Tuesday, December 17, 2013

The Kickstarter Wheel of Fortune - Bicycle Turn Signals (Again)

There are very few new ideas - that is one lesson one quickly learns perusing Kickstarter. But some folks are able to package an idea in a way that is far more attractive, that much is clear.

Several years ago I had a blog post about a Kickstarter for bicycle turn signals built into gloves.

Failed Kickstarter proposal from September 2011

The fellow had a pretty ambitious goal ($50,000) and his product, as displayed in Kickstarter, looked in need of further development work. His proposal failed - he only got about 20 percent of his goal pledged.

I myself don't really get the logic for electric light driven bicycle turn signals, whether on your gloves or otherwise. I discussed aspects of why I think this in the earlier blog post but mostly I don't think they will contribute much to making urban cycling more safe. Such gloves would give information to vehicle drivers coming up from behind that the cyclist is turning - but this isn't a scenario where most accidents happen between cyclists and motor vehicles. Check out the top ten ways to get hit at BicycleSafe.com - none of them would be helped by rear-facing turn signals for the bicycle. (OK, arguably a signal could be used for #9 where you change lanes to get around parked vehicles etc and are hit from the rear by a car - but these signals wouldn't obviate their critical advice, which is Never, ever move left without looking behind you first. Is the motorist going to be more likely to give you room because you have an electric thing on your hand?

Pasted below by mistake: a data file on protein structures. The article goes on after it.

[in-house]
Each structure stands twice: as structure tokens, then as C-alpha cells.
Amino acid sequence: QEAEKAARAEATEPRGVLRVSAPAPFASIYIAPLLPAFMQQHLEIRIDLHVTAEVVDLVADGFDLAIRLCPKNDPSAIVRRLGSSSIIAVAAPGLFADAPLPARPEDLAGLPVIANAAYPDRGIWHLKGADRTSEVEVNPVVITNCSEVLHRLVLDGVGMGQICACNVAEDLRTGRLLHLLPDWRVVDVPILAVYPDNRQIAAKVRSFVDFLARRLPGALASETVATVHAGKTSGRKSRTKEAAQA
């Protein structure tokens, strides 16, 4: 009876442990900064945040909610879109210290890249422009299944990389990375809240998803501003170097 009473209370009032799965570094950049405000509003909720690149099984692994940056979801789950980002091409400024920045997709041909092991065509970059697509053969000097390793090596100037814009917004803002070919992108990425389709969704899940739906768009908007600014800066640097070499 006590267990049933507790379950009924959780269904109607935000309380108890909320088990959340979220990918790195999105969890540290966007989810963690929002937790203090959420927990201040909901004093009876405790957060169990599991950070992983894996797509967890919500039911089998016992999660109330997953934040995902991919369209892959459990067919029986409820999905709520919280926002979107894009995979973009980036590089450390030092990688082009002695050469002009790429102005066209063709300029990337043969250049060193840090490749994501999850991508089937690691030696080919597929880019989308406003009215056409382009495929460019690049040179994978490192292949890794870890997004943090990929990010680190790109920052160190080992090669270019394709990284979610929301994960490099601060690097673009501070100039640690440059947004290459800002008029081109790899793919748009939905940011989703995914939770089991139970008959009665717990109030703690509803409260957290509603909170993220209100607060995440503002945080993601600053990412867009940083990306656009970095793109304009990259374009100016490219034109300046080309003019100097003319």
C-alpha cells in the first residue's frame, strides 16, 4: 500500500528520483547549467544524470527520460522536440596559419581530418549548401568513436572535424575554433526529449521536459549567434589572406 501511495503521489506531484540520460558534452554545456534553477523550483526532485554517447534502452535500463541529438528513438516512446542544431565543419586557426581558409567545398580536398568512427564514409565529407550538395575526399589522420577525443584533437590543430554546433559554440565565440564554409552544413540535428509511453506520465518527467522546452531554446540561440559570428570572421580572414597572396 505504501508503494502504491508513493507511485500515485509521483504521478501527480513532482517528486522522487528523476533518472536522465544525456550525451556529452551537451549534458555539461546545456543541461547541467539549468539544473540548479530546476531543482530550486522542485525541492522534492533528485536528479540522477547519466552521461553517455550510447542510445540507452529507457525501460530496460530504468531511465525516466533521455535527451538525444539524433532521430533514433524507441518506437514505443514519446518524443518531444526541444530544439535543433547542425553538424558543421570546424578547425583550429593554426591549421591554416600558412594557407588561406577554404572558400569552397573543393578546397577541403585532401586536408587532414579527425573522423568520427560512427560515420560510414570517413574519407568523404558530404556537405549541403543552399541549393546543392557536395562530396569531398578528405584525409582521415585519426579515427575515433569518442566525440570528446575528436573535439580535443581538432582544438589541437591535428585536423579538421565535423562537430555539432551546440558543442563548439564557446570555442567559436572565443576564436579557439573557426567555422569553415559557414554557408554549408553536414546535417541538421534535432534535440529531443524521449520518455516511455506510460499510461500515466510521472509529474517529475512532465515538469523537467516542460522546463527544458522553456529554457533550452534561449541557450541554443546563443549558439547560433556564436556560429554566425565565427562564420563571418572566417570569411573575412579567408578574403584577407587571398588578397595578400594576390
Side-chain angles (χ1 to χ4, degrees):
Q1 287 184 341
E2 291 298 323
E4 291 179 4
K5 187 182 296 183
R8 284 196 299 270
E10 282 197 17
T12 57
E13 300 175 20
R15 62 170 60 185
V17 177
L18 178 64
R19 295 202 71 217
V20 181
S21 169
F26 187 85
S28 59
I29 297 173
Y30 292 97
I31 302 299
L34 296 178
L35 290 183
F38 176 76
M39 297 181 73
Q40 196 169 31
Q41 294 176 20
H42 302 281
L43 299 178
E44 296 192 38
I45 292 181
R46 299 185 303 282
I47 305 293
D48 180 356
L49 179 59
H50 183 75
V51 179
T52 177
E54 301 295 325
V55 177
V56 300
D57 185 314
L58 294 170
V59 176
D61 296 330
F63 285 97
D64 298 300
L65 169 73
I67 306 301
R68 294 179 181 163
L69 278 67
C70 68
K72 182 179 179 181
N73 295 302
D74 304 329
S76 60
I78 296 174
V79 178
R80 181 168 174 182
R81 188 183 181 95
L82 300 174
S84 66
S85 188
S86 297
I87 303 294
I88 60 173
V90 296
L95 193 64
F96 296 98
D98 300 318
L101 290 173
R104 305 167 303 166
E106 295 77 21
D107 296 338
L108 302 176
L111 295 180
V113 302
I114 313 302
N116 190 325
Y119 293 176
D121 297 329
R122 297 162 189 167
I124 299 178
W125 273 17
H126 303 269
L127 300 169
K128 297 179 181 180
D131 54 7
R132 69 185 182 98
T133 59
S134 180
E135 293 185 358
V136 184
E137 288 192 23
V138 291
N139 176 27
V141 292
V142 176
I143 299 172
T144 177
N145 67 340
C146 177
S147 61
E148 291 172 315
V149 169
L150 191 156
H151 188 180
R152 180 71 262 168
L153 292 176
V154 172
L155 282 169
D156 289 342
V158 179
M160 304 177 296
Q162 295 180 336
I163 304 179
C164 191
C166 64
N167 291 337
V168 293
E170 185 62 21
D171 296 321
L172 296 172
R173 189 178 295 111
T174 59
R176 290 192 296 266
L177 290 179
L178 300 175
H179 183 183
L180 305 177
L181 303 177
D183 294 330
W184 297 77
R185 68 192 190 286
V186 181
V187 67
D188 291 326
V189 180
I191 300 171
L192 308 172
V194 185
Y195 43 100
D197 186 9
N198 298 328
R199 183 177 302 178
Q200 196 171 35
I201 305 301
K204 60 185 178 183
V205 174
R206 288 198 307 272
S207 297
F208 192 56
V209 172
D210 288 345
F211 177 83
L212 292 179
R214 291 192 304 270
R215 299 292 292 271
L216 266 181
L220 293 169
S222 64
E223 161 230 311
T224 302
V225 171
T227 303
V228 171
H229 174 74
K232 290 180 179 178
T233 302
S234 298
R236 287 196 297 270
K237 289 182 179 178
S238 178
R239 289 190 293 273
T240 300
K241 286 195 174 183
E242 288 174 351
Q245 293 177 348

I read in the WashCycle blog about this new Kickstarter to fund essentially the same idea

This guy has a lower target dollar figure and it looks like he might make it (as of mid-January). So apparently 100s of people (who peruse Kickstarter and have extra money) think this is something they want to own - because this Kickstarter is very up front that the whole idea is to sell funders the device. Even though Kickstarter maintains that Kickstarter is not a store.

As far as how this connects with cycling history, it was big part of early cycling history in the 1890s that folks submitted patent applications for very similar "inventions" - over and over. See some on Flickr.

Patent 573920 (part a)
Many different versions of "no flat" tires were patented during the 1890s with springs in the tires - all of which failed

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